- The high complex needs multi agency forum suggested that social care explore whether there could be any wider support for the family, particularly when Mr X was working away. It also suggested exploring a Positive Behaviour Support (PBS) assessment for Y at home and school.
- Although the finance panel agreed funding for a care package of 2.5 hours a week this was not set up. The Child in Need review in July 2020 records that a teacher from Y’s school had agreed to take Y out over the summer, but needed to identify another person to support Y. Once a second care worker was identified, the care package would be set up through direct payments.
- Mr X made a formal complaint in July 2020 about the Council’s delay in providing additional help for Y. The Council acknowledged it had agreed to make a PBS referral for Y but that this had been delayed due to COVID-19. It confirmed it had now made a referral to the British Institute of Learning Disability (BILD) who would work with Mr and Mrs X, the school and other professionals to develop a PBS plan for Y.
- The Council also confirmed that due to Y’s recent difficulties it would progress a continuing care referral. It would also liaise with the school regarding the wording of Y’s EHC plan. The Council issued a proposed amended EHC plan in August 2020.
- As Mr X did not consider this resolved his complaint he asked for a review at stage two of the Council’s complaint process. Although Mr X was grateful for the proposed assistance from BILD he was concerned they had not received any detail of the assistance or confirmation of dates. The Council declined to consider Mr X’s complaint further at this stage as he had appealed to the SEND Tribunal.
- In December 2020 the Council completed a Child and Family Assessment. This also notes a care package had been agreed, but Mr and Mrs X had been unable to find carers from Y’s school. If carers could not be found from Y’s school, the Council would seek a care package. The assessment also notes the Council had commissioned BILD to assess how to support the school and Mr and Mrs X with Y’s behaviour and to develop a PBS plan.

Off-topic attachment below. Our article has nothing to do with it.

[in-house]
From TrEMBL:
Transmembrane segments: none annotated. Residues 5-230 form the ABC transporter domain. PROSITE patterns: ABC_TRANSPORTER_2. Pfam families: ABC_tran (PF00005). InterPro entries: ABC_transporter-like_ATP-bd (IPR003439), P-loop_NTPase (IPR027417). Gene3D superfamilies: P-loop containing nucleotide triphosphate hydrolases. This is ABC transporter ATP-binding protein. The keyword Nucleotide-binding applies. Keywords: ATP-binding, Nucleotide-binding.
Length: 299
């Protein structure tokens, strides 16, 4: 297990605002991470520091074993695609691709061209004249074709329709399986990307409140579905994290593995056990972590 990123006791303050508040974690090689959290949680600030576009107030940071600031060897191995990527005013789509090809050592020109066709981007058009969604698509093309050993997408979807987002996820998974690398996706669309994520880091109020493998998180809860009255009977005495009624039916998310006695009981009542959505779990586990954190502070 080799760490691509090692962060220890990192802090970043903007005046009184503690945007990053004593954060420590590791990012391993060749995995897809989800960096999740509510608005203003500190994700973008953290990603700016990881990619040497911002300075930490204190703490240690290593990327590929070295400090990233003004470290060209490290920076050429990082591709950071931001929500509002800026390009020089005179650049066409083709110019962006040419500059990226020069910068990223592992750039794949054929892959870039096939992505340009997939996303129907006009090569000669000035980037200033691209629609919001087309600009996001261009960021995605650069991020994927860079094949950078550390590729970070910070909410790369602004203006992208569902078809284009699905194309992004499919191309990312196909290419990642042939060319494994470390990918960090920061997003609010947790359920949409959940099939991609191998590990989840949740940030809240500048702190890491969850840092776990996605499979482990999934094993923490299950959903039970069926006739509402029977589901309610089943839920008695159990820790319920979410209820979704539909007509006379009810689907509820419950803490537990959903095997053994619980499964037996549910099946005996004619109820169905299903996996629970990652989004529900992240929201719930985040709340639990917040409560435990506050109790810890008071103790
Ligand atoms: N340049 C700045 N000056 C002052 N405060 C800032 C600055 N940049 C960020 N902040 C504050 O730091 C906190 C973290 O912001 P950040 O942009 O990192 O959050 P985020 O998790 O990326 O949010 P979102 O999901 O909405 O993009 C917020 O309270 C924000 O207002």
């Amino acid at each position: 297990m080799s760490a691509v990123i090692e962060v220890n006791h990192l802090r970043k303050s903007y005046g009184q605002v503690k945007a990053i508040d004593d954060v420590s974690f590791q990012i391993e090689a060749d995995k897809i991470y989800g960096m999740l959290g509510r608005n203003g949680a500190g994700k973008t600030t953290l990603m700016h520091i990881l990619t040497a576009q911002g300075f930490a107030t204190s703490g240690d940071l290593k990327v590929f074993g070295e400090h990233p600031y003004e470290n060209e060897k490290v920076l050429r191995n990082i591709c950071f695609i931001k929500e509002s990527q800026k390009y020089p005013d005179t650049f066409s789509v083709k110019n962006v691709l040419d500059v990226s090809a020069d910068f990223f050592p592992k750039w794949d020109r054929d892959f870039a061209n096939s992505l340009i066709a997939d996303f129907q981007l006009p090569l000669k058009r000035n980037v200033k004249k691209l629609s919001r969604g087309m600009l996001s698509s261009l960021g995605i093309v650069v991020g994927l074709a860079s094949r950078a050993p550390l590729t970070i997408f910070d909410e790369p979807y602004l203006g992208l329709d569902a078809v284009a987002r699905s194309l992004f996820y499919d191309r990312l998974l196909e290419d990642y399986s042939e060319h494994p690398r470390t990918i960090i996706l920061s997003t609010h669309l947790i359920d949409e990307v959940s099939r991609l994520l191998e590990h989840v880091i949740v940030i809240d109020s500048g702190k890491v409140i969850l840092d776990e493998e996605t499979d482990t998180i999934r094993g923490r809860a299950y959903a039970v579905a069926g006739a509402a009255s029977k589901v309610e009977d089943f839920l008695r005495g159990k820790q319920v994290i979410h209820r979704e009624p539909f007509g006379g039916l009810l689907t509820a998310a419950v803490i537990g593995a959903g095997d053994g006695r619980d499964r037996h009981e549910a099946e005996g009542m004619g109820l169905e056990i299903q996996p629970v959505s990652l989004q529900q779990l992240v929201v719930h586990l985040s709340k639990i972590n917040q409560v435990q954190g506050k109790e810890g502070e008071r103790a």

- The package of care was still not in place by the next Child in Need review in January 2021. The records of this review state since March 2020 and the lockdown it had not been possible to set up a care package to get Y out of the home. Y was out of his normal routine and was having many meltdowns. The social worker suggested trying a care package to see if it reduced Y’s behaviour. The records state Mr and Mrs X had been unable to find a personal assistant so the Council will need to approach a care agency.
- The SEND tribunal considered Mr X’s appeal in February 2021 and the Council issued a final EHC plan in March 2021.
- Mr X is unhappy with the Council’s delay in providing help and support. Mr X was hopeful the PBS plan developed with BILD would be beneficial but is unhappy with the way this training will now take place and with how the plan will be drawn up. Mr X complains that the only support the social worker has provided was to get funding for respite care, but this has not happened due to COVID-19 restrictions and a delay in finding a care agency.
- In response to my enquiries the Council states a discussion at the high complex needs panel enabled professionals to discuss how best to support Y and his family. It states that although PBS work was agreed as additional support, Y and his family continued to be supported through school, the Council’s Children with Disabilities Social Work Team and CAMHS. The Council notes the safeguarding concerns were focused around how to keep Y safe during episodes of self-injurious behaviour.
- The Council states that although there was a delay in putting the PBS support in place, the existing support continued. Having commissioned the PBS work through BILD, this was unfortunately delayed further through COVID-19. Once the initial assessment days were undertaken in September 2020 there was then a disagreement with Y’s family as to how this should be delivered. This resulted in a SEND tribunal hearing. The Council states that throughout this period of delay Y has still accessed a PBS approach as this was embedded through the school. The purpose of commissioning BILD was to provide additional intervention around concerns raised. The Council states there has been an improvement in Y’s presentation at school over the last year and less concern from school.